A war of words is brewing between the presidency in Nigeria and the presidential candidate of the Peoples Democratic Party (PDP), Mr Atiku Abubakar. 

After President Muhammadu Buhari presented the 2019 budget of 8.83 trillion Naira to the National Assembly on December 19, the former Vice President, said the 2019 Budget proposal had some fundamental flaws and also failed to address current realities.

But the spokesman for President Muhammadu Buhari, Femi Adesina, dismissed Atiku’s statement, saying there was nothing original about his identified “realities".

"These are areas President Buhari had already identified in his speech.

"For instance, the President recognised that the revenue performance of the Federal Government up till September 2018 has been less than spectacular.

"Leaving aside for a moment the fact that there has been a remarkable increase in Federal Account receipts in the last three months, a look at the budget speech will show that the President specified a number of actions to tackle revenue weakness including strengthening on-going efforts at tax collection, liquidation of recovered assets, immediate recovery of past due oil royalties charges and deployment of the National Trade Window to improve customs collections.

"His most laughable criticism perhaps was his claim that “there is little evidence to show that increased investment in agriculture has yielded positive results”.

"Even the worst adversary of the Buhari administration would acknowledge that significant progress has been made in the agriculture sector," Adesina claimed. 

He accused Atiku of conflating foreign direct investment with capital inflows.

"This is wrong as capital inflows covers foreign direct investment, foreign portfolio investments, international borrowing and short-term deposits in money market instruments.

On issue of public interest in the budget raised by Atiku, Mr Adesina wrote: "A most glaring weakness in the statement by Atiku is that he does not take a stance on issues of public interest in the budget, which is utterly regrettable from someone who aspires to lead Nigeria.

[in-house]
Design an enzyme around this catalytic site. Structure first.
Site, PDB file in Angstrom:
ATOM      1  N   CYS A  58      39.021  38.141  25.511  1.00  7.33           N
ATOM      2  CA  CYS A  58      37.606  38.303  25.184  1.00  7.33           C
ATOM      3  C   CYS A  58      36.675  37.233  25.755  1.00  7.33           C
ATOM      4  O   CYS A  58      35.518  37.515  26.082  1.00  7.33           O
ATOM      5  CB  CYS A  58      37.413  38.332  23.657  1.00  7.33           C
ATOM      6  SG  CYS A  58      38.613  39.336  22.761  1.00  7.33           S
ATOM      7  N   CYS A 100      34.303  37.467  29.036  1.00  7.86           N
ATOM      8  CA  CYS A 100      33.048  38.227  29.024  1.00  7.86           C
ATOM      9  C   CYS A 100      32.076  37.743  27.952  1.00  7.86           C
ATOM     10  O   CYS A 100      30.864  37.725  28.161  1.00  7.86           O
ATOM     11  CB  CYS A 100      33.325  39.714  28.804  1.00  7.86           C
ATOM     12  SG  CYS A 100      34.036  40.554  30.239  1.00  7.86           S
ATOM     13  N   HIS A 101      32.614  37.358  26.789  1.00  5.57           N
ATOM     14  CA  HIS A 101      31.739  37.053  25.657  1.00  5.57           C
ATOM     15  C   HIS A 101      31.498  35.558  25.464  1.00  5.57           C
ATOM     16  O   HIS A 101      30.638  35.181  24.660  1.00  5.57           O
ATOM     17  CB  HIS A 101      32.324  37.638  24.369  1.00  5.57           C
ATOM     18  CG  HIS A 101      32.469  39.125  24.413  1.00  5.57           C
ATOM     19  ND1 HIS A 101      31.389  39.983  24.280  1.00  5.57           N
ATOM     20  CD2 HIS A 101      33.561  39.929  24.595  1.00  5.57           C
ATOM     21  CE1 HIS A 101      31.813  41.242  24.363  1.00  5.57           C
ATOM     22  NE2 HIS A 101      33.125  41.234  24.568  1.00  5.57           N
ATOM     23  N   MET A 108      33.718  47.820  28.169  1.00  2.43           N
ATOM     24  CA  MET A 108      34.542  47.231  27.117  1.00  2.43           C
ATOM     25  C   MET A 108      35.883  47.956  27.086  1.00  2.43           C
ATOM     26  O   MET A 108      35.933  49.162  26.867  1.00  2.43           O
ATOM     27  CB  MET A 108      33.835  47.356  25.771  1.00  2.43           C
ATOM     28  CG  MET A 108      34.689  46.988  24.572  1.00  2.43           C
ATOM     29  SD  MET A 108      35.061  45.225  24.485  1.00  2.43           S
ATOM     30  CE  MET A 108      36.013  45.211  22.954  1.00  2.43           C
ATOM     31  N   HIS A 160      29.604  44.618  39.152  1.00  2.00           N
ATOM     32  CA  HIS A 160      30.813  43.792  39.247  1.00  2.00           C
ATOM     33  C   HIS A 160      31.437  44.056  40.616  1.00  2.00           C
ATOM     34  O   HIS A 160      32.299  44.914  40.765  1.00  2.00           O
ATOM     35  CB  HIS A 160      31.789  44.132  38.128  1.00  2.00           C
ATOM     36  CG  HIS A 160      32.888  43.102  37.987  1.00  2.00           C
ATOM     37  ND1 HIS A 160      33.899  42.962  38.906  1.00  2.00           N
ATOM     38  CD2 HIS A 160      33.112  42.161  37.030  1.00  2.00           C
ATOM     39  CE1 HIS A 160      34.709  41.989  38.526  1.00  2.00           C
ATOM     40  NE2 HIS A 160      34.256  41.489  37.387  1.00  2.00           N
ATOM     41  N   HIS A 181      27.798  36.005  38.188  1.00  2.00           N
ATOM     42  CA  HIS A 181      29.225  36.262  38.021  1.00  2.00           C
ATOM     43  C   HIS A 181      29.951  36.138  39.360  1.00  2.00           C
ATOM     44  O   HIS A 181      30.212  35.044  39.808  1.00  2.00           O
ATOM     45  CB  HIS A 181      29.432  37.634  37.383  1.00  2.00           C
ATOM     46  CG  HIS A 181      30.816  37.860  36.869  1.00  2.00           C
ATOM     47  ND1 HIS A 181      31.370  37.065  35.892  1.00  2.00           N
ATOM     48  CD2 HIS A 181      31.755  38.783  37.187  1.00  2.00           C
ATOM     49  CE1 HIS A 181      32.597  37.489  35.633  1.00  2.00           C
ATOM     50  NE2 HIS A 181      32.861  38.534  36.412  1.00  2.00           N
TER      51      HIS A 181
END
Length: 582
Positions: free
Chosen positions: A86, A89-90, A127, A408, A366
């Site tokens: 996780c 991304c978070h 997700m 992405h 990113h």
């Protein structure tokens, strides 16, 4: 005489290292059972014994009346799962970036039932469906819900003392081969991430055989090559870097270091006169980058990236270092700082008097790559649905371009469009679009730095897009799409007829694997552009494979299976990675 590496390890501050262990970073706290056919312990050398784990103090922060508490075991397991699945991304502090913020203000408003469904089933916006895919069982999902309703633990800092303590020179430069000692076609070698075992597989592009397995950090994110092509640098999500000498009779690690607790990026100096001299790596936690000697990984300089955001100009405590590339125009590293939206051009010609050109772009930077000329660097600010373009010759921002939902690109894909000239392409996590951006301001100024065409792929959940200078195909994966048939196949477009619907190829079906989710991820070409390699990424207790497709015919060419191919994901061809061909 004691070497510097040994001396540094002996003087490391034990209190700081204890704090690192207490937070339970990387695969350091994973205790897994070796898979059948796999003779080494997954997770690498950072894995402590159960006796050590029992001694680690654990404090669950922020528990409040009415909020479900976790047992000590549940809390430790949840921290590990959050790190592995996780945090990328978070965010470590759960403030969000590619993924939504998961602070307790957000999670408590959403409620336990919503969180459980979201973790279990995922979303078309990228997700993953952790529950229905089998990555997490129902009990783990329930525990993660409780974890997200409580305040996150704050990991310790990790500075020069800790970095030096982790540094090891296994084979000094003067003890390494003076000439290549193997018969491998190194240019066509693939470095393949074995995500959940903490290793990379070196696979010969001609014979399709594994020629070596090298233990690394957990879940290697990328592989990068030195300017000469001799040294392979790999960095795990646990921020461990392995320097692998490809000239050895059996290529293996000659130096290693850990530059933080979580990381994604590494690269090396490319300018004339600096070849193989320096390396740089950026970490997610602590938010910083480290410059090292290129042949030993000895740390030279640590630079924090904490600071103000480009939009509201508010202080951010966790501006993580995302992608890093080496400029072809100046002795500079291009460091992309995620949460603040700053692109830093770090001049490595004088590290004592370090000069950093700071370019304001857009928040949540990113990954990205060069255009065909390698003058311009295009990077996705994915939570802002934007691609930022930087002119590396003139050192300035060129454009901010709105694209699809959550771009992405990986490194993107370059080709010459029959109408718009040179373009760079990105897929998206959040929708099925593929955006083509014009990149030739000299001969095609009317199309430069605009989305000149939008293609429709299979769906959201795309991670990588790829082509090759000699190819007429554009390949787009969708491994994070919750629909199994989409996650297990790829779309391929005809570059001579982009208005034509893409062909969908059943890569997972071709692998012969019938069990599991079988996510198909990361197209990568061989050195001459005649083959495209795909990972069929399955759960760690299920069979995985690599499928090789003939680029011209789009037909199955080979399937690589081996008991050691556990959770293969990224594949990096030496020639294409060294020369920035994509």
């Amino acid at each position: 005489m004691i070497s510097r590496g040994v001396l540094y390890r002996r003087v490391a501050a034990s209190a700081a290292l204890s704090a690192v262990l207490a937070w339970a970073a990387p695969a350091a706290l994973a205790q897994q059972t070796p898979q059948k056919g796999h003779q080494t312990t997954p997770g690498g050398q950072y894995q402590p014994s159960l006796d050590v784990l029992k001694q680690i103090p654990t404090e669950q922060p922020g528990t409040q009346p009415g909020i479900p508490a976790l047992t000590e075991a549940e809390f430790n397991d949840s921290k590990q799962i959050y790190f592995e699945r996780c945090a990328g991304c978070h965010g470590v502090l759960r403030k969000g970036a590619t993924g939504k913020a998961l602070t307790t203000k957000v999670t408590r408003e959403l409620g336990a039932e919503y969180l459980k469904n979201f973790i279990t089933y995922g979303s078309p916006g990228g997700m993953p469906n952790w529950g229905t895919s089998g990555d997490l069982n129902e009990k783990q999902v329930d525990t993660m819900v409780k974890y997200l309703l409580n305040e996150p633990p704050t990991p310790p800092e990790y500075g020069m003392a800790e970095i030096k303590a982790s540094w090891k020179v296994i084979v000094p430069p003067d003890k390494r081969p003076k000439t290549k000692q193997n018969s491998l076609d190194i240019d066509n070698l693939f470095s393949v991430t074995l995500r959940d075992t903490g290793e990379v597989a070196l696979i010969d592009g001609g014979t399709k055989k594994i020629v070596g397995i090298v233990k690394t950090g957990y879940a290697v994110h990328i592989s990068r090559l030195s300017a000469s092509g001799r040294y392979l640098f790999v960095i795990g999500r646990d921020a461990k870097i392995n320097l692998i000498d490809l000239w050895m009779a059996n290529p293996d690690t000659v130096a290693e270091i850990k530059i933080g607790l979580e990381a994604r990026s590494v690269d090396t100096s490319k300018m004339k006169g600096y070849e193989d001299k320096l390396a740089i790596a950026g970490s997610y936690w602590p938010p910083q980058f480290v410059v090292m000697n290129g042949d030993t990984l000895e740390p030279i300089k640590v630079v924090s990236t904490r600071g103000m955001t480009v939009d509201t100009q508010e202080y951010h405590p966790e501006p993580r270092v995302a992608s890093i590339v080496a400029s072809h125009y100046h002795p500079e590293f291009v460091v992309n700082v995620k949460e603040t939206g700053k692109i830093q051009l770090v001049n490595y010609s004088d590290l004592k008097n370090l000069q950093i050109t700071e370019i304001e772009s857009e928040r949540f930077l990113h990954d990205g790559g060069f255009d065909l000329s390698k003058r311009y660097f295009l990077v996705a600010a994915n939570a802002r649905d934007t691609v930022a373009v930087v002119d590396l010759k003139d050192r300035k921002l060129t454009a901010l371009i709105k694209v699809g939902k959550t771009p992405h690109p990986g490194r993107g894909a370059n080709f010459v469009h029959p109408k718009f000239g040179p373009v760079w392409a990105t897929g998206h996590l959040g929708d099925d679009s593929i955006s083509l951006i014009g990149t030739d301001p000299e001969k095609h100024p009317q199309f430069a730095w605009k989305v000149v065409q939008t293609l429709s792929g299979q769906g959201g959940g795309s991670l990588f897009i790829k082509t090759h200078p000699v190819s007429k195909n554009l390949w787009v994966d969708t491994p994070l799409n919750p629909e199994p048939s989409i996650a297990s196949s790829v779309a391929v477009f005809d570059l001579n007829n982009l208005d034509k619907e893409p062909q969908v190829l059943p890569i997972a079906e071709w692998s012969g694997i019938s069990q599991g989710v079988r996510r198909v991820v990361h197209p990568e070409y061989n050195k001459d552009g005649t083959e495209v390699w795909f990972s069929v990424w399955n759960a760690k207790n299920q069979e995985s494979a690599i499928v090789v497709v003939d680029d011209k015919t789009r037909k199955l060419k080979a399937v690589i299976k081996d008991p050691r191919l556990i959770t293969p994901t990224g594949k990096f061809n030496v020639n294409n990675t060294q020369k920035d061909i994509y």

"As President Buhari explained, the subsidy/under-recovery has been retained to reduce the burden on ordinary Nigerians at a time of weak purchasing power in a manner that avoids the abuses of the past.

"The truth is that contrary to the belief of people like Atiku that low fuel prices only benefit the rich, a large number of ordinary Nigerians rely on PMS to operate ‘keke’, ‘okada’, taxi, and ‘danfo’.

"A lot of the generators used by small businesses also use PMS. Indeed, it is amazing that a man who has promised 87 Naira per litre of PMS can criticise a process of under-recovery/subsidy that is not being abused as it was in the past.

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"To further show Atiku’s lack of knowledge about basic issues in the petroleum market, he contradicts himself in his quest to make a non-existent point.

He complains about the benchmark price of $60 per barrel used for crude oil exports in the budget and tries hard to show understanding of the dynamics of the global oil market by referring to US shale oil production and pressures on the Saudi regime.

"Yet Atiku expects that OPEC quotas will come into force, in which case the price of crude oil may rise in international markets.

"What is obvious is the fact that low oil prices impact negatively on shale oil production.

"It is therefore obvious that Atiku’s statement on the budget was a poor attempt at playing to the gallery," the statement added.

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